If you don’t have the time to read this wall of text I’m about to type here’s a summary in a sentence or two
Should I compensate for gain/drive within plug-ins or go back to initial vst audio source?
So I just recently upgraded my rig to where I no longer need to bounce but maybe once due to my uad plugs, have 22 sharcs right now but prob need another 8 to achieve a no bounce session, either way i’ve never had the benefit to be able to gain stage so far within a mix as i’be always needed to freeze and flatten due to cpu and never got low enough gain staging to balance everything.
So recently i’ve been doing some tests where I turn down the vst/audio source to a healthy level and start throwing on mixing plug-ins. Let’s say the first one is a neve 1073, I’ll use the gain knob to turn things up +5db, now I’m close to -2db on the track so I’ll go back into the vst or audio source and compensate this way by turning things down there, but everybody i’ve been talking to would tell me to compensate for the gain on the 1073 fader, which way is better? My ears tell me that you into the intial audio source and turning things down there sounds better, also why would i want to keep adding unnecessary steps when I can address the issue from the source. I will then throw on a Studer and start to drive, again now I’m driveing a little hot so I will go back to the vst and lower there as opposed to turning down the output on the Studer, I find that doing things this way allows a much cleaner sound as opposed to doing the up and down thing within the plug-in which makes for a more congested muffled sound imo. Then i got to thinking that maybe by the time I get through all of my gain staging there will be so little sound that it’ll sound thin?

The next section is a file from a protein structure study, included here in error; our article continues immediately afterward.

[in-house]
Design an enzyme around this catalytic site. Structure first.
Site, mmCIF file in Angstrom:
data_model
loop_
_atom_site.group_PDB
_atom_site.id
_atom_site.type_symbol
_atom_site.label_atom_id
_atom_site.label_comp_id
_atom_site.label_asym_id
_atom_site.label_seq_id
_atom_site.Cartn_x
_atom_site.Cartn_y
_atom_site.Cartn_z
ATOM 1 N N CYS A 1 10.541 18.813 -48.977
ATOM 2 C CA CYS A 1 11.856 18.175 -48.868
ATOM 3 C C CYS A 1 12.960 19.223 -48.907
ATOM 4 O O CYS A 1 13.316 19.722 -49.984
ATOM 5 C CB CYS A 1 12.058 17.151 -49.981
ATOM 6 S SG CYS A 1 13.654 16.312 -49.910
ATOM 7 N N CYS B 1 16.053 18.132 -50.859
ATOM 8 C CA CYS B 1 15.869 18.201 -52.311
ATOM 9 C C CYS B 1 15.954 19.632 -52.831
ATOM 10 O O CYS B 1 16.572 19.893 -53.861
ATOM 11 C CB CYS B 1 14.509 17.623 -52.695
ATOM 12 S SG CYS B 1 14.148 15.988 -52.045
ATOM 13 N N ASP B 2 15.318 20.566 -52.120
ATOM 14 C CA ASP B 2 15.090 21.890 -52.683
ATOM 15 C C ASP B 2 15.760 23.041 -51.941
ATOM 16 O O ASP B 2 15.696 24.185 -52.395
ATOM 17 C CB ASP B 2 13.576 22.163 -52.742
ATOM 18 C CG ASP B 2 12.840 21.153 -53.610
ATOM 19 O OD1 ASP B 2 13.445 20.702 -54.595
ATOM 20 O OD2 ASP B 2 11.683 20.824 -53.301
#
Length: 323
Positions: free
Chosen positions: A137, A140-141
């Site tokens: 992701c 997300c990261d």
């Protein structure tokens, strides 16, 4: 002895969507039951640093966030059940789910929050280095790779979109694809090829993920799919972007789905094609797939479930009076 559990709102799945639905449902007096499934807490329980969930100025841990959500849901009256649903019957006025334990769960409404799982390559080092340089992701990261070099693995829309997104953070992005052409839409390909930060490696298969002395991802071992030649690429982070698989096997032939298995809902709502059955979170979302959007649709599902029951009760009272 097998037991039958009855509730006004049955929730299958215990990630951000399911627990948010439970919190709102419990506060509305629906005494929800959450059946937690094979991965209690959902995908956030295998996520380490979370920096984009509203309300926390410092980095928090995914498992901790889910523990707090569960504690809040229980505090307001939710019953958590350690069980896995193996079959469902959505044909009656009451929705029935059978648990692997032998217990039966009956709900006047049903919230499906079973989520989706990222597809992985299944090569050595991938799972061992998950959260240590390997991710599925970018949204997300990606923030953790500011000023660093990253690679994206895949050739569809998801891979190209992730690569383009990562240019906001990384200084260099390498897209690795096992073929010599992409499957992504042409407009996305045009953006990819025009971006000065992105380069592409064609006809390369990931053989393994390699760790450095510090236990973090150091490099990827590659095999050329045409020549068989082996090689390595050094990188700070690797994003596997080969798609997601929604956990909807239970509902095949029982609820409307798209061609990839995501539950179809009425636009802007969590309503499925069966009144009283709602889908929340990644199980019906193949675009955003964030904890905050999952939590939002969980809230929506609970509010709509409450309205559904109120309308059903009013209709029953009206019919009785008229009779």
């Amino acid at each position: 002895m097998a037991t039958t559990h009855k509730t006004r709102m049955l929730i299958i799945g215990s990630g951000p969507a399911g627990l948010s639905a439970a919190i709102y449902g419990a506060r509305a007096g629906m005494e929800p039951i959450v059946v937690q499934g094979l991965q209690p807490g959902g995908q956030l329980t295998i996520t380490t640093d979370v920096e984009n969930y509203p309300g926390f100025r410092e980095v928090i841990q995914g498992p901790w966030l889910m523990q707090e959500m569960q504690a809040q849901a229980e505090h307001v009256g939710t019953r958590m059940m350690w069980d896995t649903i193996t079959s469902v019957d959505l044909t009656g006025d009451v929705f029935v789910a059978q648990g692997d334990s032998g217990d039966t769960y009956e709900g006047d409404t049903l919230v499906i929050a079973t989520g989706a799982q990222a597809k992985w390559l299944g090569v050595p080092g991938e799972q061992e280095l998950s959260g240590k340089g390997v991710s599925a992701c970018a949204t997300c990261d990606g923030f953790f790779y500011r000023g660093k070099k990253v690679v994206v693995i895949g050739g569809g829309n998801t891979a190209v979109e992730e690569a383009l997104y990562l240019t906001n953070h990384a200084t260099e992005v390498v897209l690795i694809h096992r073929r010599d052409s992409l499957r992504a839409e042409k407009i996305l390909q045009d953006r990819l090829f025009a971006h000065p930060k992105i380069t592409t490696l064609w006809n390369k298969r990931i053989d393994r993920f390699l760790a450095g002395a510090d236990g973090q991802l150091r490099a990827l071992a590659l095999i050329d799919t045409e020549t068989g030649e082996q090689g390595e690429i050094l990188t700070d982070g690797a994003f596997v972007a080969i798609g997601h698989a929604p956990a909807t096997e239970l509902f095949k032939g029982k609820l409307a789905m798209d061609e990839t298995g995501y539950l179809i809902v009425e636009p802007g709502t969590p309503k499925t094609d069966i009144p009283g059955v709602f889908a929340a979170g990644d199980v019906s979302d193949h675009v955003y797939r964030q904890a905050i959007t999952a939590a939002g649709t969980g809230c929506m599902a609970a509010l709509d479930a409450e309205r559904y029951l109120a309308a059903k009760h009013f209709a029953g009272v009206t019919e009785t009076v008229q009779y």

Until I came to one of the reductive eq videos in mixing foundations and saw the stems that Danny had been given. I mean the kick on the pro q was coming in at -12db, and the bass at -20db, and the wave forms were extremely thin, this is exactly the way i’ve experienced gain staging with the best results but haven’t been sure it was the proper way to achieve the best sound or if the pros did this way. So before turning everything into audio I will throw the mixing plug-ins on for a rough estimate also mixing into a Ampex ATR 102 on the master channel watching the headroom, is this the way to do it as far as finding the optimal gain stage level?
If so what about vocals, I know that recording with a decent amount of gain gives crisp saturation while recording lower provides clarity but thinness which later can be addressed with compression and other plug-ins, but should a vocal wav form look similar to the wav forms of the other tracks? Or are vocals a special exception? Not too hot but still heathy?
I know there will be times to turn things down within a plug-in but I just don’t think doing it ritually whenever driveingit harder is the best method, takes away from the juice of what your trying to acheive imo, but countless of producers and engineers say you should leave a plug-in the way you came in(level wise), I say no, it’s betrer to go into the original audio source and do it there, how about you?
Sorry about the run on sentence and punctuation I’m on my phone and in between jobs and just needed to get this out there, thanks